Should Godot adopt high performance Nodes ?

MagicLordMagicLord Posts: 578Unconfirmed
edited August 29 in General Chat

Hi there,

Most of the time, we don't need all nodes properties, but only very few properties to get the game work.

Another principles is to separate data from the process, and have the process functionlity as a multi threaded job.
It makes a big change on performance when there is lot of the same object in a scene.

There is some presentations in Unity, but the same principles could apply to Godot or any other 3D engine.

What do you think about about this way to manage a game ?

Comments

  • SomnivoreSomnivore Posts: 102Member

    I think Godot's heavy reliance on inheritance was a mistake. This is most obvious when dealing with the scalability of physics bodies. The engine clearly does not like this, but permits it nonetheless, because all Node2Ds/Spatials have a scale, and all PhysicsBodies inherit from one or the other, and it works out fine for the most part. It works mostly great for things which need to be rendered (mostly sprites or meshes; most everything else, probably .) And it makes logical sense for anything to exist in the world to have a location, rotation and scale. Nodes, however, tend to be a little more abstract than that (how often do you find yourself scaling or toying with the light mask of AudioStreamPlayer2Ds?), not really conforming with physical items that you would expect in the real world, and just as object modeling often fails to make sense in general OOP, so does Godot's nodes at times.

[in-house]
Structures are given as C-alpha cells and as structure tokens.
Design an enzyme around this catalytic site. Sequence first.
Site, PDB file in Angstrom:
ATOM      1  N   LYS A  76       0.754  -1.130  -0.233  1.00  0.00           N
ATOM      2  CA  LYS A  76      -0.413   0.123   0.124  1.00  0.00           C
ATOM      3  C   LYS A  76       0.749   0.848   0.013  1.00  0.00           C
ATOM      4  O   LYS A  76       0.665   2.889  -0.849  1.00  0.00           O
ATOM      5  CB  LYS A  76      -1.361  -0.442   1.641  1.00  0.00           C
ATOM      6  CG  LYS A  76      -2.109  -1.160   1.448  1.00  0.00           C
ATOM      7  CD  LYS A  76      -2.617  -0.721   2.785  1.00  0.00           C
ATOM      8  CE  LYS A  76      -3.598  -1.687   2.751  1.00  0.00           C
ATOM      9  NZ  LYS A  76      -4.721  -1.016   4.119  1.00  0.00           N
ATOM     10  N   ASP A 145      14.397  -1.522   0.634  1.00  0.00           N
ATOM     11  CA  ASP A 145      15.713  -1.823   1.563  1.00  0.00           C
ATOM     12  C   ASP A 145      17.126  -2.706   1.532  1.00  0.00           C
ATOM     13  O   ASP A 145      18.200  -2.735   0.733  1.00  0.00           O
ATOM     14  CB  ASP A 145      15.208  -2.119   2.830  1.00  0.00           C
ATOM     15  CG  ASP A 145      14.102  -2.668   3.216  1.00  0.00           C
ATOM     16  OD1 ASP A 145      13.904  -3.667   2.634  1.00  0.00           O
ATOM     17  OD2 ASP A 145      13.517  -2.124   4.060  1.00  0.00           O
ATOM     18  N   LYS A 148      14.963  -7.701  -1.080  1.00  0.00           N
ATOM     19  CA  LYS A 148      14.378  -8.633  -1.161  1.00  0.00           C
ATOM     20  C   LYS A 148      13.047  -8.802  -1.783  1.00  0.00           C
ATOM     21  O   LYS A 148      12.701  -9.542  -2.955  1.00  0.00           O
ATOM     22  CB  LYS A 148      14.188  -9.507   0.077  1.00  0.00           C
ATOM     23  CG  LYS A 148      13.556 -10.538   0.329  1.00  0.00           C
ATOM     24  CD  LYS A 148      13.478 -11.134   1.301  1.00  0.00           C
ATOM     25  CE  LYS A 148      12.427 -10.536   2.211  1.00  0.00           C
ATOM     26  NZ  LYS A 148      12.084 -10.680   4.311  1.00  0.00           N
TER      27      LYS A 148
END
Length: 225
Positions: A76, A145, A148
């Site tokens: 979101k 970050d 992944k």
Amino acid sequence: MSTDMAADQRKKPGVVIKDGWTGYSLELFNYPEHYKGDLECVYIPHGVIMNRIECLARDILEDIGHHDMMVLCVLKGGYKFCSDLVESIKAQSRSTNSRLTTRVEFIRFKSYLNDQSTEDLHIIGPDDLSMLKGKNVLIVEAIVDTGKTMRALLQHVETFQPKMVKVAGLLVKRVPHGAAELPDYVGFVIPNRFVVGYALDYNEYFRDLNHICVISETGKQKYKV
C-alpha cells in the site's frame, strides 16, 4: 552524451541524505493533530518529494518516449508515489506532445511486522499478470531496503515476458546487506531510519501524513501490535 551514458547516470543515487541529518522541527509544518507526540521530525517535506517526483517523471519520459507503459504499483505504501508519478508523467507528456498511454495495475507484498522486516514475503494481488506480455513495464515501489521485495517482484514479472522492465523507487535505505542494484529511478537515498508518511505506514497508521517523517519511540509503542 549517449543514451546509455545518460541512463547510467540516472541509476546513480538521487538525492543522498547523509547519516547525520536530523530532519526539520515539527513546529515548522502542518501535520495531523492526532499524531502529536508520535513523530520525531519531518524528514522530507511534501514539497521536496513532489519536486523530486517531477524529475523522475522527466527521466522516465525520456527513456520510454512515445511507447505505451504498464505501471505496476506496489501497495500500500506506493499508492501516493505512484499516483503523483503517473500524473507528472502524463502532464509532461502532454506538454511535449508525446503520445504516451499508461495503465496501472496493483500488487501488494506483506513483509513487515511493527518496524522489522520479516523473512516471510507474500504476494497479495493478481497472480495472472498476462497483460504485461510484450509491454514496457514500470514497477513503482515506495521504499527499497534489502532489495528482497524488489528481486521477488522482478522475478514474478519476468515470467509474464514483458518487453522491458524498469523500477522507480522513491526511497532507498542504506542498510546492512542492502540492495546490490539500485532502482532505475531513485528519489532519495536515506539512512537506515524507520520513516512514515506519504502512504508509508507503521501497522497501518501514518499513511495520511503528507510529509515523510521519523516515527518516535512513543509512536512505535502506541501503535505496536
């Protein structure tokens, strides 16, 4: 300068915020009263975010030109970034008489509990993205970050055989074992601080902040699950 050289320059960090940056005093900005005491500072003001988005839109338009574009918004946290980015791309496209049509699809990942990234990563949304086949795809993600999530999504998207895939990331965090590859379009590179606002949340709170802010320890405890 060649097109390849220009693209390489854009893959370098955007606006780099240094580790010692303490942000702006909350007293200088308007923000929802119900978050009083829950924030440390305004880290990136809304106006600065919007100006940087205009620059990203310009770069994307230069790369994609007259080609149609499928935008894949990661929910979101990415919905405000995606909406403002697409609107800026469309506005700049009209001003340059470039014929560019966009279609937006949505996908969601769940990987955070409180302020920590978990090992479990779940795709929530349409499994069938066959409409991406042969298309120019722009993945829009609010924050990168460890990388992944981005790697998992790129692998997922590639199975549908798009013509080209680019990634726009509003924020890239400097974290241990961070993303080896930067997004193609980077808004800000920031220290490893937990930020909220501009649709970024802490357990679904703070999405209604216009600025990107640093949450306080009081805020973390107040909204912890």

One could argue the inheritance hierarchy could've been reworked; maybe not all Node2Ds need scale, you could have an intermediary Node2DScalable, and then those nodes which don't make use of scale (or go awry due to scale) could go without. It's a really awkward way to structure your code however (not to mention all the refactoring you'd need to do every time you realized you didn't want something in some class), and doesn't offer a lot of configurability for all the various combinations of different nodes you might want.

    So that's where the whole ECS thing is meant to improve the matter, though that frequently falls into the same trap (to be frank, Unity's old system is very close to how Godot works now, and I imagine both engines were born around the same period of game development where this was the hot item.) It's even worse arguably for Unity, since every gameobject has the same 3D transform, no matter what it is; at least in Godot you have the option of going without, using the vanilla Node class. And then attaching components to gameobjects is not much different from attaching nodes to nodes. But even Godot's Node class is quite a hefty thing, as it's presumed that, if you're using a Node, you must also want all the features which come with each Node, when in practice, you may only be looking for a way to make some set of functions globally accessible, or to define some item in your game; you may not make use of groups or processing or signals or meta, though those will all be there for every instance. Granted, you should use a script of static funcs in the former, and custom resources for the latter, but I don't think these are commonly understood practices with Godot yet (nor very clearly supported.) And, in practice, it probably doesn't matter; hardware nowadays can definitely put up with the bloat for any game that doesn't demand intense amounts of processing power and resources (which is most of them I think.)